China is ageing | Asia| An in-depth look at news from across the continent | DW | 29.04.2011
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China is ageing

According to the new Chinese census, the population of the People's Republic of China is aging rapidly. The results of the census are bound to spark a debate over China's one-child-policy.

Elderly Chinese people look as they visit the Tiananmen Square in Beijing, China

The number of people over 60 has risen by over 13 percent within the past decade

Results of the world's largest census have shown that there has been a sharp increase of people under 14 years of age within the past decade. And the number of people over 60 has risen by over 13 percent. That means China is ageing.

All in all the population grew more slowly than ten years ago – less than one percent per year. The population has grown to 1.34 billion since the year 2000.

Fewer young people of working age

Children dance during their daily afternoon exercise at a kindergarten in Beijing, China

The number of young people has dropped because of China's strict one-child policy

Ma Jiantang of the Chinese National Bureau of Statistics says that the one-child policy has allowed China to excel economically. "The implementation of family planning has been able to slow down the rapid growth of the population and has thus minimized pressure on resources and paved the way for a stable and relatively rapid economic growth," says Ma.

Ma also admitted that current demographic trends will pose a challenge to China. Critics have been wondering how long China will be able to sustain its economic growth, especially now with proof of excessive ageing of the economically active population. Ageing society poses new societal challenges, as there will be fewer and fewer young people of working age to support a growing base of the elderly. China's social framework is not prepared for such changes.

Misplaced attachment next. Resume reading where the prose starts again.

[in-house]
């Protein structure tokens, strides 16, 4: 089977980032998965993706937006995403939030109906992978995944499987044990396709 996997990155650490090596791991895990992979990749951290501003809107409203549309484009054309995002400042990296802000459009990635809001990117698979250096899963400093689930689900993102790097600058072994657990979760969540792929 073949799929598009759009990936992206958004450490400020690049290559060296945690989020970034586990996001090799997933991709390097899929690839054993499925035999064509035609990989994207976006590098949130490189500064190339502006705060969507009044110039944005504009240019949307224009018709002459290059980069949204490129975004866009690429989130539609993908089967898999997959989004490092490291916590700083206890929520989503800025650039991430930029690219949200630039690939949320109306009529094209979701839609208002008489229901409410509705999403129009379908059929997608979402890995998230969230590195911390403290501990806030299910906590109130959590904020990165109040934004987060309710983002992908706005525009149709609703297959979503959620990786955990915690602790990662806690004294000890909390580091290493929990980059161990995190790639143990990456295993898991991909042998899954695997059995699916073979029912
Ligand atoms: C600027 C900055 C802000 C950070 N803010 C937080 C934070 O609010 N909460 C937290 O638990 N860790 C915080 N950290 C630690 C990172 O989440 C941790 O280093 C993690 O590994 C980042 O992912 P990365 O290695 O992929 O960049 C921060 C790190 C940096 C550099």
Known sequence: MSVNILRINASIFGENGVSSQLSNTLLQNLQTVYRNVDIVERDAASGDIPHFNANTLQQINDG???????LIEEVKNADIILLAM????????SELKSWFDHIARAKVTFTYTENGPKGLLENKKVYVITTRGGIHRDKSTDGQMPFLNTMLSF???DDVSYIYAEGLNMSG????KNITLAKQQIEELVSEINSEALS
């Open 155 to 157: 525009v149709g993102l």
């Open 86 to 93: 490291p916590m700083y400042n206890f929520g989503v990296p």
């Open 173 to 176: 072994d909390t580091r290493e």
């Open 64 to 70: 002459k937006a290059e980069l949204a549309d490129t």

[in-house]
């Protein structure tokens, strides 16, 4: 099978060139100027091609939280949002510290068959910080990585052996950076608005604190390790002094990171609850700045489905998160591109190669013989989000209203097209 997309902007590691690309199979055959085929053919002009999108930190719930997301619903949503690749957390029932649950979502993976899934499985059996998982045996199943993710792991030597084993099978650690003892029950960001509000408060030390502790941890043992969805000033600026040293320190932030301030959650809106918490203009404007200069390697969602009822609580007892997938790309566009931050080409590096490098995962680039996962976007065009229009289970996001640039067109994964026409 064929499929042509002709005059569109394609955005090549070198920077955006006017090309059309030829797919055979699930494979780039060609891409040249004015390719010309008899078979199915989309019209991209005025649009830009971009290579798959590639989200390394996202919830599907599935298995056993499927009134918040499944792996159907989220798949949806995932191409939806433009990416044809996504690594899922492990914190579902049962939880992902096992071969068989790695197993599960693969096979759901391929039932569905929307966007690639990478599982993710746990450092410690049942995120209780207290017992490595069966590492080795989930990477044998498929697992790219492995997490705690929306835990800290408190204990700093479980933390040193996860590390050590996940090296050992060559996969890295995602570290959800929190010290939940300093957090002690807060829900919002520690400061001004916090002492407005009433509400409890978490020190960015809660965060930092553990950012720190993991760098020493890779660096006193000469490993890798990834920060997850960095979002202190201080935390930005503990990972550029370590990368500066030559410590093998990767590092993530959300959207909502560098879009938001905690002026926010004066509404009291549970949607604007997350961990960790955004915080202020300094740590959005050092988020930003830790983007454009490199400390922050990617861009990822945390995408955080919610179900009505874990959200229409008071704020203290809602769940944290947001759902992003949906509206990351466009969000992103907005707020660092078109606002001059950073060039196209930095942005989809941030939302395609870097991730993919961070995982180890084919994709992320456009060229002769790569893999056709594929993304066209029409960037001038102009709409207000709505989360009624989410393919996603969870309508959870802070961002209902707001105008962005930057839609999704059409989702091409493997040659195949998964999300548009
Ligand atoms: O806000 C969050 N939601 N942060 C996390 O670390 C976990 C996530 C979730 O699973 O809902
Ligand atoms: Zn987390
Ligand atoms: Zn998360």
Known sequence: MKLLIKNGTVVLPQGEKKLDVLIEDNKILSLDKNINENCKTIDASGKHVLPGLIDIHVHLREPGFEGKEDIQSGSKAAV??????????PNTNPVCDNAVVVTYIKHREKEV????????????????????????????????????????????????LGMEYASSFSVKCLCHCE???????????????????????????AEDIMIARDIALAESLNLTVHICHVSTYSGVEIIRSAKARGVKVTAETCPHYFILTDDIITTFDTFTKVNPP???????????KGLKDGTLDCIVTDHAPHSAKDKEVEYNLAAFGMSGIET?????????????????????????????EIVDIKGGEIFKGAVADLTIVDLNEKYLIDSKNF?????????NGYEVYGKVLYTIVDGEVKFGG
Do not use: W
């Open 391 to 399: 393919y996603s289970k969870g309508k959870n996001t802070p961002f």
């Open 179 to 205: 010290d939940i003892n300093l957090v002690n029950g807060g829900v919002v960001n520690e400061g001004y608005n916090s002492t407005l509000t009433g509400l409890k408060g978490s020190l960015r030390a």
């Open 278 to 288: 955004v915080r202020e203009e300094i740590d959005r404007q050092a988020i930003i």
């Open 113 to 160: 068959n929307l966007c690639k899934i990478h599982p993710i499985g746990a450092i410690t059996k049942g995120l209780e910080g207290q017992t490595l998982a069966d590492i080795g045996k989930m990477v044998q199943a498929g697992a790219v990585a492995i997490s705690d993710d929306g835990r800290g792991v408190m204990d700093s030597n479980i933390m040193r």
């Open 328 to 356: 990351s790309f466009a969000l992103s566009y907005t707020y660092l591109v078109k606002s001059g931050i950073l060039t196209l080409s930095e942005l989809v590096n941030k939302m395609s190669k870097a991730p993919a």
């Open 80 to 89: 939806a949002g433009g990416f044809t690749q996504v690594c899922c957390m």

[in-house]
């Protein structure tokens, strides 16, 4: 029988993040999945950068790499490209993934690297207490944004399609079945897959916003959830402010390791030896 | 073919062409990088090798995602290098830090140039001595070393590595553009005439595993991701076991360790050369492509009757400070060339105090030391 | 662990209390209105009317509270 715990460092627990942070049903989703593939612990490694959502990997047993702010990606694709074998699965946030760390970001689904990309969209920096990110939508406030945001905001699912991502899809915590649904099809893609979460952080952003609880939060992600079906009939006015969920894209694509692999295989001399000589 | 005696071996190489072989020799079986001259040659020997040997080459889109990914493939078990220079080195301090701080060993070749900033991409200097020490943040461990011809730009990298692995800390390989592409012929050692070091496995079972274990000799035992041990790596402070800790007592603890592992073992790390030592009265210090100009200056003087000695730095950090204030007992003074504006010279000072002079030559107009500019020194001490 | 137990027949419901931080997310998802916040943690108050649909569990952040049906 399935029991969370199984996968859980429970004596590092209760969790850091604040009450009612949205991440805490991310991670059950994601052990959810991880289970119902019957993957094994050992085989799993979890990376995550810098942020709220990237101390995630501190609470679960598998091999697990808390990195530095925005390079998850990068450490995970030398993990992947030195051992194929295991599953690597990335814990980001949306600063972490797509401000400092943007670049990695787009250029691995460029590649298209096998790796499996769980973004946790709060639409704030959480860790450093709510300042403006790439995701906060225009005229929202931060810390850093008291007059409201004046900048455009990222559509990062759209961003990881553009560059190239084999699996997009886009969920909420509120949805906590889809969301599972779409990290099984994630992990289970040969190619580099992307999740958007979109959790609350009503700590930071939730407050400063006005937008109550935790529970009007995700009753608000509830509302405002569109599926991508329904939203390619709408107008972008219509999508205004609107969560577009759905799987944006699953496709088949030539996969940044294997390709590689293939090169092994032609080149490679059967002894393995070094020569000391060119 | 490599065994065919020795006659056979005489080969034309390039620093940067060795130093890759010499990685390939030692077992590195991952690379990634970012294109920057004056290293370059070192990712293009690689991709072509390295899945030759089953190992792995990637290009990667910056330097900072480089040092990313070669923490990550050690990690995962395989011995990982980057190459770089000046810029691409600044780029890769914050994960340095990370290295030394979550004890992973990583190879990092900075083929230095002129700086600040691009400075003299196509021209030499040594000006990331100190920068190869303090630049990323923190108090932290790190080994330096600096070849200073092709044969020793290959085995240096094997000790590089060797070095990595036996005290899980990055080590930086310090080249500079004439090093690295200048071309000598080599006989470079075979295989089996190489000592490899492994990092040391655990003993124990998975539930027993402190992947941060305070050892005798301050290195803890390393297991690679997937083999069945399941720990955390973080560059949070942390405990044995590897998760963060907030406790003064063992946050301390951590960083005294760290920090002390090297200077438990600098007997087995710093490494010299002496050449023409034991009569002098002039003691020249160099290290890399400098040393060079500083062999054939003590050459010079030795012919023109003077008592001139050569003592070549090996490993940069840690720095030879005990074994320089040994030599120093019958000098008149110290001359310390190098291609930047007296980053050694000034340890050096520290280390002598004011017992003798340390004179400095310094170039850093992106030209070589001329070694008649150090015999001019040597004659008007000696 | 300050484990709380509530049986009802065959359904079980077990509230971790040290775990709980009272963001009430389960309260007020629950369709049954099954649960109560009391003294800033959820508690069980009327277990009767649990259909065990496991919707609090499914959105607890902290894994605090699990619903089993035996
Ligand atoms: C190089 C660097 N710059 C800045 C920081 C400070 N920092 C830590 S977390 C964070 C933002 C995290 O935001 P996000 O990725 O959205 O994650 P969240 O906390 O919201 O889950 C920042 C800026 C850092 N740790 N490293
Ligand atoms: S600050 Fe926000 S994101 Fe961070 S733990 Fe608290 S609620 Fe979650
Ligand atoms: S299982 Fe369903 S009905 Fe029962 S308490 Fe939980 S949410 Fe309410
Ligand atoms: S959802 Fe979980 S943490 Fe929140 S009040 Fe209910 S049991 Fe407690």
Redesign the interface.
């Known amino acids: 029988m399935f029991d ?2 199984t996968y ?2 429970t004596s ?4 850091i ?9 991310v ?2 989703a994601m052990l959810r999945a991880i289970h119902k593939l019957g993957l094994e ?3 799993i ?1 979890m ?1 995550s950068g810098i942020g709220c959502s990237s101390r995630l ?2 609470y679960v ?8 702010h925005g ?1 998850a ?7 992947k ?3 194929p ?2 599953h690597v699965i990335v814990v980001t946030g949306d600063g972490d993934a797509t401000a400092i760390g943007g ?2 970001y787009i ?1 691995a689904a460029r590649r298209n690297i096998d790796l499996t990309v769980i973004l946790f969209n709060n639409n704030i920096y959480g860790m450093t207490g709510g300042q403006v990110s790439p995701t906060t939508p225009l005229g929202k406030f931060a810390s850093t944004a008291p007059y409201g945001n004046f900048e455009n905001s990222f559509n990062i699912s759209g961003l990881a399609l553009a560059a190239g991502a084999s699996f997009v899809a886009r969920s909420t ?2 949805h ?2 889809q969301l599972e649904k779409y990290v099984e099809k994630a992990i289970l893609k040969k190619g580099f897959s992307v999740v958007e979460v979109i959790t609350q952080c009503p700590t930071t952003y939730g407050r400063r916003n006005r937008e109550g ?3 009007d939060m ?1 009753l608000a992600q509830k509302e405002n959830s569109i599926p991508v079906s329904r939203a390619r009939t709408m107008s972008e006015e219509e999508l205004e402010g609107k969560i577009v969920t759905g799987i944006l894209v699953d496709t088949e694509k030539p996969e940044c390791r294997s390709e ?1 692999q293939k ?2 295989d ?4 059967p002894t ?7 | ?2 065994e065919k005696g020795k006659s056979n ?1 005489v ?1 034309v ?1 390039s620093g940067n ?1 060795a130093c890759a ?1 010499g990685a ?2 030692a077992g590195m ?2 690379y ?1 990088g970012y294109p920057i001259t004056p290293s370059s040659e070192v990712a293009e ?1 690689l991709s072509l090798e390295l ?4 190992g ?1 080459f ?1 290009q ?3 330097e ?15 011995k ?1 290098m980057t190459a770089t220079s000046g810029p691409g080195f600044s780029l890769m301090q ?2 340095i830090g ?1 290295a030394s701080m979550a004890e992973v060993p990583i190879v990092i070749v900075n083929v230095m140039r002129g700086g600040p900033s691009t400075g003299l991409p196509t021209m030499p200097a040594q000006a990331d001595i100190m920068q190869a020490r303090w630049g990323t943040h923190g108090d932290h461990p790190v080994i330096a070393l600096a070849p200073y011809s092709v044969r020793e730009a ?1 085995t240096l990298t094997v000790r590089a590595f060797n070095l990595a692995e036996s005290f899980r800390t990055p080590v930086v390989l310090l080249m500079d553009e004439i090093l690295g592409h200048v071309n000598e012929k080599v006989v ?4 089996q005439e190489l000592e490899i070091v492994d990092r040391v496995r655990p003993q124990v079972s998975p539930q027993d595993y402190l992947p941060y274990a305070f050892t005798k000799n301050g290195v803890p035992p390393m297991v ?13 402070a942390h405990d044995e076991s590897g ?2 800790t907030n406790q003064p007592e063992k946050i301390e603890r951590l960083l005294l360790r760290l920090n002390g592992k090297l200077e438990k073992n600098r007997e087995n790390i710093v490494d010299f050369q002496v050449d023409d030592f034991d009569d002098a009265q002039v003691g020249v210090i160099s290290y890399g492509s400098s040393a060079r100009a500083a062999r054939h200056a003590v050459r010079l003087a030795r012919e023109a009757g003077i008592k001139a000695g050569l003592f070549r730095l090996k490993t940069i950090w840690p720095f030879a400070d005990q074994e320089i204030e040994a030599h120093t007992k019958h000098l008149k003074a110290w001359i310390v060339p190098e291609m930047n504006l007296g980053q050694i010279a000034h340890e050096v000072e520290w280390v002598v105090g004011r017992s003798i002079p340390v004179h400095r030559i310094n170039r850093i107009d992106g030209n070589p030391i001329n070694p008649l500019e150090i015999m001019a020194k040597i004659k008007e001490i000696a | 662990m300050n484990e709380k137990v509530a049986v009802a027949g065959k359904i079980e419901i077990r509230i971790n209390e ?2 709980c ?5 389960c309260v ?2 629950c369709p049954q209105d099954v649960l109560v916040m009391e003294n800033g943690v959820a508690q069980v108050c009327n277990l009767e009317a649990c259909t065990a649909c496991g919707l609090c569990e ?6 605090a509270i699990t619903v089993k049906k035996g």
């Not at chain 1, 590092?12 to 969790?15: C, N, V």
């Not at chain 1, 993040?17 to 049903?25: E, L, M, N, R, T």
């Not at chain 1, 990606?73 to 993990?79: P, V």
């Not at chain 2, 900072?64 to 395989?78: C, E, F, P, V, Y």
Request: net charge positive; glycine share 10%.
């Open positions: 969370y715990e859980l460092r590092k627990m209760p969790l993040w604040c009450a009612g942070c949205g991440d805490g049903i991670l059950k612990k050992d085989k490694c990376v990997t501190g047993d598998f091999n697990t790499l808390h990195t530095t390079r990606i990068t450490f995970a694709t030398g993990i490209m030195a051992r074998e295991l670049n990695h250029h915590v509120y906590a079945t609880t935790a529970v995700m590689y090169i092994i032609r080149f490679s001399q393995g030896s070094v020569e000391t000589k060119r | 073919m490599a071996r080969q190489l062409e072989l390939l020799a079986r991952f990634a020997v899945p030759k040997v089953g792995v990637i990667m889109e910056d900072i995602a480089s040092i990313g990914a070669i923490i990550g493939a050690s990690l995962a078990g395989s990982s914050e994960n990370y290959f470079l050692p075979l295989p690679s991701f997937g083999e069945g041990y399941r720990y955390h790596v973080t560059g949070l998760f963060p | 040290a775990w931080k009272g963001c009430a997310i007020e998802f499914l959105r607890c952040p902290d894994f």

Ren Qiang, an expert on population and demographics at Peking University, is aware of these problems and has thus been fighting for a relaxation of family planning policies.

A Chinese investor walks past the stock price monitor at a private security company

With its economy boom the country actually needs more man power in the future

"In the next two decades, China's population will drop drastically," opines Ren, "the advancing age of the population will become a big problem. If birth rates are too low, we will have problems in the future. That's why experts hope the government will rescind current family planning policies. But the authorities are still of the opinion that we need these policies."

More boys than girls

President Hu Jintao has recently reiterated that China will continue to follow a trend of lower birth rates. Generally, current policies allow urban couples one child, whereas families in rural areas are allowed two children.

The strict policies have led to a preference of boys in most families, which has thrown the ratio of boys to girls out of balance. According to the census, the current ratio of newborns is 100 girls to 118 boys. By comparison, the usual ratio in many countries is 100 to 105.

Rapid urbanization

Building and shopping malls in Shanghai

50 percent of the Chinese population lives in cities

The census has also shown that the rural population is in decline while urbanization processes have quickened. While 50 percent of the Chinese population now lives in cities, it was only around 30 percent a decade ago. The number of migrant laborers has also increased dramatically. Within the last ten years, nearly 220 million people have flocked to the cities in search of work – ten years ago it was half that number.

China's census is taken every ten years. In November there were millions of enumerators working to collect data. Within ten days, they gathered information from 1.3 billion Chinese people.

Author: Ruth Kirchner (sb)
Editor: Shamil Shams

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